A 2012 study published in the International Society of Sports Nutrition also showed coconut water offered similar performance and rehydration benefits as sports beverages for exercise, though individuals who engage in extreme high-intensity activity may benefit from a beverage with more sodium.
Differences Between Fresh vs. Packaged
Fresh coconut water comes from young, green coconuts, not the brown, hairy, mature ones we often picture when we think of coconuts. Studies have shown that the age of the coconut affects the nutritional value of the water. For example, coconut water from a young coconut up to 7 months old has more sodium and glucose than a coconut that is 8 months old or older – essential nutrients for those looking to rehydrate.
In the same way, storage and processing methods also affect the composition of coconut water. Canned, packaged, or bottled coconut water is generally flash pasteurized to make it safe and shelf-stable, but this process can affect the nutrient content and flavor. The type of packaging may affect flavor, too, since a can may impart a metallic taste to the juice.
Some packaged varieties also have added sugar, sodium, and/or flavorings. Ingredients like cane juice are, in fact, sugars added to make the coconut water taste sweeter. Tropical juices such as pineapple, passion fruit, and mango are also popular additions to plain coconut water for both taste and variety; however, these can add up to 20 or more calories per serving.
Another issue to be aware of is that the nutritional values on the label may not always accurately reflect of the nutritional content of the juice in the package. Independent studies have found that some major coconut water brands have had problems with the product not providing the nutritional benefits they touted, prompting better quality control and more careful labeling.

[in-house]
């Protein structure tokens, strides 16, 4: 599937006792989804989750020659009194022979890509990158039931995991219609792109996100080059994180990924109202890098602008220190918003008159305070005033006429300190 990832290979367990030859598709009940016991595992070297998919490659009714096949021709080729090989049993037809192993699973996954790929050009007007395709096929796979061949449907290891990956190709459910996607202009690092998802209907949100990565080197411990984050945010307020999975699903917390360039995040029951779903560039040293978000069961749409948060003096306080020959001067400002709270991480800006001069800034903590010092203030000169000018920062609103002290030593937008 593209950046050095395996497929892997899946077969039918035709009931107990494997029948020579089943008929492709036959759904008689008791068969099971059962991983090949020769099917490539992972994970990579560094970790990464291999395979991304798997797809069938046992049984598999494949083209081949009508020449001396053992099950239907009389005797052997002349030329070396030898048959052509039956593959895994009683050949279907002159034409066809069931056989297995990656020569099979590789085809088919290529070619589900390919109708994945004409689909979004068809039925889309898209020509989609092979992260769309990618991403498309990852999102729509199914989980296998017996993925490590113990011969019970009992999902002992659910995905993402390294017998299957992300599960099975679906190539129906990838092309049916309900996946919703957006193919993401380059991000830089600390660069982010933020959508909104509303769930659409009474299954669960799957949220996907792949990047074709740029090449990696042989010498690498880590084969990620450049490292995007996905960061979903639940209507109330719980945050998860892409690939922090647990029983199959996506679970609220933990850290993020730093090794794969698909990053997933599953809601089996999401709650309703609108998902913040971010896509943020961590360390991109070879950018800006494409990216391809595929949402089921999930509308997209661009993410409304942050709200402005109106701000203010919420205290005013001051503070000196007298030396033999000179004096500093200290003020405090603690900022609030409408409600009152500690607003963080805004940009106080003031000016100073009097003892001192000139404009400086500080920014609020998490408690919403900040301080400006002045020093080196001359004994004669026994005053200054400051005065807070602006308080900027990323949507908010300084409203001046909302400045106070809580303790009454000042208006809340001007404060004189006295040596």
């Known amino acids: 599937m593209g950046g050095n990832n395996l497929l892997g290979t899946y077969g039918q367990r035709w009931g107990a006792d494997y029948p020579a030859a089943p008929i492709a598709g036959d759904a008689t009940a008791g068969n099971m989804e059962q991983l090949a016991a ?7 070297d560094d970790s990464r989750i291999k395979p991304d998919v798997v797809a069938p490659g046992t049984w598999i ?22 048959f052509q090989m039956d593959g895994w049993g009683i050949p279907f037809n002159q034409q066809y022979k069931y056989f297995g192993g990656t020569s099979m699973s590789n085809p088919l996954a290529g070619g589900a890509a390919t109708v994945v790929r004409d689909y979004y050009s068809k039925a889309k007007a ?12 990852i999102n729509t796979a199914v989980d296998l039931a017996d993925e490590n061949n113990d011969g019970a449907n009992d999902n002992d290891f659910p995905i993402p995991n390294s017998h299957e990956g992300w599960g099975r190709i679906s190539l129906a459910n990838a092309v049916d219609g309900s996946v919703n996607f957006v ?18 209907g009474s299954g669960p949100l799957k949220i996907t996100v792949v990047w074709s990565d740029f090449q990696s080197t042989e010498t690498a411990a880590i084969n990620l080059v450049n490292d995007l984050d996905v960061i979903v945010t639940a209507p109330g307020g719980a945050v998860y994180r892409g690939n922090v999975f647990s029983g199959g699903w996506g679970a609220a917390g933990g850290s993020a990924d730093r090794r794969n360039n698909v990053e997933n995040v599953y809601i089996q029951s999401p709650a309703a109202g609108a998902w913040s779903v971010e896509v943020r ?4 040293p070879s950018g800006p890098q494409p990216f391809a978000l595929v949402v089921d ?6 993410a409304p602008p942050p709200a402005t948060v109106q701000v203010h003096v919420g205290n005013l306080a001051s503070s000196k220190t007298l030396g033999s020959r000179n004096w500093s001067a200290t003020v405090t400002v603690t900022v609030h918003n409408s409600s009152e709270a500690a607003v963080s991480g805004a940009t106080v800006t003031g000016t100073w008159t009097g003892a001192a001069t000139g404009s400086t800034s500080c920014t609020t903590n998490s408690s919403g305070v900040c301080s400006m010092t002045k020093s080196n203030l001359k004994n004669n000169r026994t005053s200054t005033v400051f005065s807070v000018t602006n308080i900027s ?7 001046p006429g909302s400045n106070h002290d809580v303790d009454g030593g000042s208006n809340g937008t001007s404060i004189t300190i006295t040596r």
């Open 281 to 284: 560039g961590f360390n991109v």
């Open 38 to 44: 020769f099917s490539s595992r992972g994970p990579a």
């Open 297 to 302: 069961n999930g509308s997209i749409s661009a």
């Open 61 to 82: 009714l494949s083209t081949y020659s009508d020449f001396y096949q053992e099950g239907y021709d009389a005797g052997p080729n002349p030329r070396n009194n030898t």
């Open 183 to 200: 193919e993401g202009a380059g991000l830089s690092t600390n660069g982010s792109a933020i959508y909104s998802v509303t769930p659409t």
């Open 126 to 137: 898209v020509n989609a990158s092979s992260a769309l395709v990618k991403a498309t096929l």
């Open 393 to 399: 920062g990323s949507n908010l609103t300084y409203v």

Popular Brands of Coconut Water
Vita Coco. One of the most visible brands of coconut water on the market today, Vita Coco comes in a variety of flavors and sizes packaged in a juice box. Fans find the flavor to be a little sweeter than other brands and fresh-tasting, with a bit of a floral fragrance. This brand lists “less than 1% natural fruit sugar” and vitamin C as added ingredients. An 8 oz. serving of unflavored coconut water contains 45 calories, 30 milligrams sodium, 11 grams carbohydrate, 11 grams sugar, and 470 milligrams potassium, but the container provides two full servings.
Zico. One of the brands found to have accurate nutritional labeling, Zico is another popular coconut water purveyor. It comes in both juice boxes and bottles in a variety of flavors from the usual tropical fruits to more interesting flavors such as chocolate and latte. An 8 oz. serving of the “Natural” version contains 34 calories, 91 milligrams sodium, 7 grams carbohydrate, 7 grams sugar, and 324 milligrams potassium. The bottles come in at 14oz., however, so monitor your consumption carefully.